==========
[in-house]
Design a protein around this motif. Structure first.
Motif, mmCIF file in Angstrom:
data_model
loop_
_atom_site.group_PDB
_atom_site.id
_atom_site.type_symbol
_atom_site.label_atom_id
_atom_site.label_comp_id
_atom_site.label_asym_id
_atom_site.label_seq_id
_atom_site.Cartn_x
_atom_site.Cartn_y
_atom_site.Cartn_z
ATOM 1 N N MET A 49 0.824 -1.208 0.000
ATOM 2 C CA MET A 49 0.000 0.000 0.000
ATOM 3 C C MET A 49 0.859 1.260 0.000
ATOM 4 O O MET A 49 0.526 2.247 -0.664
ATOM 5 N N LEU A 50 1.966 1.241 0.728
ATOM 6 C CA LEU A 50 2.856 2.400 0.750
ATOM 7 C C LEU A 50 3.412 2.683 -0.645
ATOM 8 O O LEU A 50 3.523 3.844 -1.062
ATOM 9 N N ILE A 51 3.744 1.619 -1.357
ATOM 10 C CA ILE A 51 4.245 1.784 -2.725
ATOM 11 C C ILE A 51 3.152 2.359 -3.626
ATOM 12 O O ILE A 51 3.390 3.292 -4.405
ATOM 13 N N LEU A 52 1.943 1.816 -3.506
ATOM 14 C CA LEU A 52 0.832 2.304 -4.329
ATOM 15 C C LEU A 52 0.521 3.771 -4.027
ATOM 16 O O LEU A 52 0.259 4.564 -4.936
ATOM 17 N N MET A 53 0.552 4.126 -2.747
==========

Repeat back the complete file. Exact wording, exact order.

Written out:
[in-house]
Design a protein around this motif. Structure first.
Motif, mmCIF file in Angstrom:
data_model
loop_
_atom_site.group_PDB
_atom_site.id
_atom_site.type_symbol
_atom_site.label_atom_id
_atom_site.label_comp_id
_atom_site.label_asym_id
_atom_site.label_seq_id
_atom_site.Cartn_x
_atom_site.Cartn_y
_atom_site.Cartn_z
ATOM 1 N N MET A 49 0.824 -1.208 0.000
ATOM 2 C CA MET A 49 0.000 0.000 0.000
ATOM 3 C C MET A 49 0.859 1.260 0.000
ATOM 4 O O MET A 49 0.526 2.247 -0.664
ATOM 5 N N LEU A 50 1.966 1.241 0.728
ATOM 6 C CA LEU A 50 2.856 2.400 0.750
ATOM 7 C C LEU A 50 3.412 2.683 -0.645
ATOM 8 O O LEU A 50 3.523 3.844 -1.062
ATOM 9 N N ILE A 51 3.744 1.619 -1.357
ATOM 10 C CA ILE A 51 4.245 1.784 -2.725
ATOM 11 C C ILE A 51 3.152 2.359 -3.626
ATOM 12 O O ILE A 51 3.390 3.292 -4.405
ATOM 13 N N LEU A 52 1.943 1.816 -3.506
ATOM 14 C CA LEU A 52 0.832 2.304 -4.329
ATOM 15 C C LEU A 52 0.521 3.771 -4.027
ATOM 16 O O LEU A 52 0.259 4.564 -4.936
ATOM 17 N N MET A 53 0.552 4.126 -2.747